Filed under Recruiting

“It’s an opportunity to find the next good guy to come along.”

With Jeremy Pruitt’s departure, Nick Saban faces a problem he hasn’t had in a while.

It’s why the last two defensive coordinators for Alabama were Saban proteges.

He groomed Smart, nurturing him as a defensive back coach at LSU, the Miami Dolphins and Alabama while teaching him the nuanced pattern-matching coverages that are a staple of a scheme that dates back to Saban’s days as an NFL coordinator.

As a result, Smart was able to step in for Kevin Steele in 2008 and run Saban’s defense through the Tide’s 2015 national championship victory.

He was immediately succeeded by Pruitt, who had also developed a firm understanding of Saban’s complex system as a secondary coach before moving on to become a coordinator at Florida State and Georgia.

Presiding over a unit that has led the nation in scoring defense each of the last two seasons, Pruitt has distinguished himself. The void he leaves is considerable, because there isn’t anyone in Alabama’s organization with the credentials Pruitt had when he came back to the Tide in 2016.

Derrick Ansley has supervised the defensive backs, but he has been a position coach at Alabama for merely two seasons. Tosh Lupoi has worked with the team’s pass rushers, yet has only been an on-field assistant with the Tide one year longer than Ansley has.

That’s why hiring Pruitt’s successor could be one of the most challenging pursuits Saban has faced as Alabama’s coach.

Obviously, this is more like don’t cry for me, Tuscaloosa, than anything.  Saban’s going to have a wealth of choices to select from and if anyone ought to know what he’s looking for, it’s Nick Saban.  Still, the recent situation this reminds me of in a weird way is what Georgia faced in 2015 when the quarterback well ran dry.  In the very short run, that didn’t work out too well.


Filed under Nick Saban Rules

Lies, damned lies and ESPN’s statistics

This ESPN preview of the Rose Bowl is a total hoot.  According to ESPN’s own analytics:

  • FPI projects Georgia has a 53% chance to win the game and better odds to win the national title than Oklahoma.
  • Georgia is the more efficient team overall, and while Oklahoma’s offense is the most efficient unit in the CFP, there is better than a 30-point spread between its defensive efficiency and Georgia’s offensive efficiency.
  • Baker Mayfield is a bad mother — shut yo’ mouth! — but in four games against ranked teams, Georgia’s defense held opposing quarterbacks to a 14.1 QBR (I know), best in the SEC and fifth-best nationally.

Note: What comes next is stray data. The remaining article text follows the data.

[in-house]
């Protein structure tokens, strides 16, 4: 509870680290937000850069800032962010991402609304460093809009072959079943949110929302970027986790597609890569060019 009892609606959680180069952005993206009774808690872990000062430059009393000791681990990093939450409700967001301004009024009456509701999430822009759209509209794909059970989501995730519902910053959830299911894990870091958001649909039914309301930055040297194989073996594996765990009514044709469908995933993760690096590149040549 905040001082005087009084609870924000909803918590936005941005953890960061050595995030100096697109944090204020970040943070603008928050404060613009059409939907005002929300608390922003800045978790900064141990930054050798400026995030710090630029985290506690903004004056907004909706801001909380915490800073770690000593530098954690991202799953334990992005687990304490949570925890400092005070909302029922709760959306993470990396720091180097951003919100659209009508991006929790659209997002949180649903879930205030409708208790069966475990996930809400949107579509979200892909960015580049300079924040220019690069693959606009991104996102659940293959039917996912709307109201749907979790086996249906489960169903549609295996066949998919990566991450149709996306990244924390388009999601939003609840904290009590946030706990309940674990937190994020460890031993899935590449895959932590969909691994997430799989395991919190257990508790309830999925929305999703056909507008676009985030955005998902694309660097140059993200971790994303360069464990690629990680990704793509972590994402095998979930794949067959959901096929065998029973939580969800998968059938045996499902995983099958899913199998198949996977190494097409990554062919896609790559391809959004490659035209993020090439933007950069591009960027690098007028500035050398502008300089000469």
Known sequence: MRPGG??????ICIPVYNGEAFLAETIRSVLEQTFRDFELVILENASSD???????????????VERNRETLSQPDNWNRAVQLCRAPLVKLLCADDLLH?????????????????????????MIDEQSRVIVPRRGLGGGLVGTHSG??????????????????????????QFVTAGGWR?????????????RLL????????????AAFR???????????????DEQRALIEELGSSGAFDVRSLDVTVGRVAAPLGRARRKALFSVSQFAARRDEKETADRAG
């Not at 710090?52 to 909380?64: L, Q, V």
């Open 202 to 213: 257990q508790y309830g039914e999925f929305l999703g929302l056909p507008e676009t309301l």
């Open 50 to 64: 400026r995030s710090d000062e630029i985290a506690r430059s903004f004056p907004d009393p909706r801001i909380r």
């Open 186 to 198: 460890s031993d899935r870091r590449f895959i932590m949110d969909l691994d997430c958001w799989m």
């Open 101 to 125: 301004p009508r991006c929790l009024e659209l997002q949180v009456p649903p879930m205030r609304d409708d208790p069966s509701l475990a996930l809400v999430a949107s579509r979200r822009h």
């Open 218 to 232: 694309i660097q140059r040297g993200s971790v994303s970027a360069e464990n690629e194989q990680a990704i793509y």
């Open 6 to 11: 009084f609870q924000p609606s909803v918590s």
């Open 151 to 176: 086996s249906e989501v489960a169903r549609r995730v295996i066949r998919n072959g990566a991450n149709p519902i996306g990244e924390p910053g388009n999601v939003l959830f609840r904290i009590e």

• Georgia has the most five-star recruits on its roster of any team in the CFP, and over the last four seasons has an average recruiting ranking of 6.75, compared to Oklahoma’s 14.75.

You know the punch line that’s coming, right?

So, what are they paying all those number crunchers for, anyway?


Filed under ESPN Is The Devil, Georgia Football, Stats Geek!

There’s gold in them thar bowl games.

You wonder how there can be so many bowl games, when so many have issues with attendance?  ESPN is here to help you with that knotty problem.

Such games arguably make more financial sense for ESPN than traditional non-profit bowl organizations because the currency of the realm for ESPN is eyeballs on screens and not so much butts in stadium seats.

“The ESPN bowl games, which account for the growth in bowl games, are essentially made-for-TV events,” Stanford economist Roger Noll told USA TODAY Sports.

Consider that Miami Beach Bowl in which Tulsa beat Central Michigan last year, 55-10.  A crowd of 15,262 was bad news for a small non-profit that relies on ticket sales and corporate sponsorships to make ends meet.

But attendance doesn’t matter as much to a deep-pocketed media network. ESPN wants live television programming during the holiday season to draw viewers, sell advertising and beat the competition, reinforcing the channel’s value with cable distributors and satellite providers.

The game drew an average of 795,000 TV viewers, trouncing other channels that day, on a Monday afternoon. Fox Sports 1 and NBC Sports Network both had less than 280,000 viewers on average during the same time period, according to Nielsen. For comparison, ESPN boasted earlier this year that its Wednesday Night Baseball viewership had increased to an average of 636,000 in April, up 11% from a year earlier.

“Think of how well it would rate in a different time slot,” Overby said of the Miami Beach Bowl

Even though it was the least watched bowl game of the season, it was still a ratings win for ESPN. Live sports games are especially coveted by advertisers because viewers are considered more likely to watch their commercials live, unlike non-sports content that often is recorded with a DVR to skip the ads.

Not to say that Mickey doesn’t have a potential knotty problem of its own with which to wrestle.  Playoff expansion is bound to hurt the bowls, so where does the WWL line up when the day comes that the CFP moves to eight… sixteen…?


Filed under College Football, ESPN Is The Devil, It's Just Bidness

Why Smart will never be able to build a fence around the state

It’s the sheer numbers, stupid.

More than 4,000 former Georgia high school players have been on college rosters this season, according to the annual research of Steve Slay, a member of the Georgia High School Football Historians Association and football fan who has tracked these numbers in Georgia for the past 10 years.

His 4,191 Georgia players on 2017 rosters are the most he’s counted. They range from the 585 playing in Power 5 Conferences such as the SEC and ACC to the 372 on the rosters of junior-college teams such as the Eastern Arizona College Gila Monsters of the Western States Football League. Fun fact: There are 28 former Georgia high school players who were Gila Monsters this fall.

There also are six recently selected Associated Press All-Americans from Georgia.

Those include Oklahoma tackle Orlando Brown (Peachtree Ridge), N.C. State defensive end Bradley Chubb (Hillgrove) and Georgia linebacker Roquan Smith (Macon County), all on the first team. On the second team are Clemson tackle Mitch Hyatt (North Gwinnett) and Colorado State receiver Michael Gallup (Monroe Area). Clemson defensive end Austin Bryant (Thomas County Central) made the third team.

You want more math?

Kirby’s game plan has to be to take the best and leave the rest.

Oh, and once again, thank you, Paul Johnson.


Filed under Georgia Football, Recruiting